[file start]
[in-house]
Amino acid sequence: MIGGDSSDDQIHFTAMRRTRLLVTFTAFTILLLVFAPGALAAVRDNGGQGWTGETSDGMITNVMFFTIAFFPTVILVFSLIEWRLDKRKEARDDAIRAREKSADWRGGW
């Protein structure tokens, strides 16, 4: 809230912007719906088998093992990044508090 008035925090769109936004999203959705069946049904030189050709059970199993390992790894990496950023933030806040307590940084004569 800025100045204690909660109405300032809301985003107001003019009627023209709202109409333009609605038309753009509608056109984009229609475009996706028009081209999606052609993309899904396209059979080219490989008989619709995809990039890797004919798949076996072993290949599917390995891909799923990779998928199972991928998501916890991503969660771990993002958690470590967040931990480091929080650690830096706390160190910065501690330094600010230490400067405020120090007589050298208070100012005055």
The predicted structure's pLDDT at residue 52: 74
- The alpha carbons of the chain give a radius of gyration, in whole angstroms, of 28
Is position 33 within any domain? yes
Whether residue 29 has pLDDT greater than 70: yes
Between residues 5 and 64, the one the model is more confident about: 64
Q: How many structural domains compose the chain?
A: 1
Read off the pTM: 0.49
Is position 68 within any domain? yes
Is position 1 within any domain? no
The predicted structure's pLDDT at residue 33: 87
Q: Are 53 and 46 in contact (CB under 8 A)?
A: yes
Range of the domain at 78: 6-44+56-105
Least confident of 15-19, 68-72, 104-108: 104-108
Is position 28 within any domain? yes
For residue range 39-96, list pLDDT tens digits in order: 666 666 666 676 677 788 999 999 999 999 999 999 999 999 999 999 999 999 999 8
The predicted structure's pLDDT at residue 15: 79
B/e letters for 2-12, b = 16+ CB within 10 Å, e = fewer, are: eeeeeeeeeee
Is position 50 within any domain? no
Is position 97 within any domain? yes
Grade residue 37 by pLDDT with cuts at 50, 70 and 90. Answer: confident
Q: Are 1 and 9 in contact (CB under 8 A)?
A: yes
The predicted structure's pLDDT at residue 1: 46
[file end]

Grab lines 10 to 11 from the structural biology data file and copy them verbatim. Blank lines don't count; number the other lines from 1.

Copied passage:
A: 1
Read off the pTM: 0.49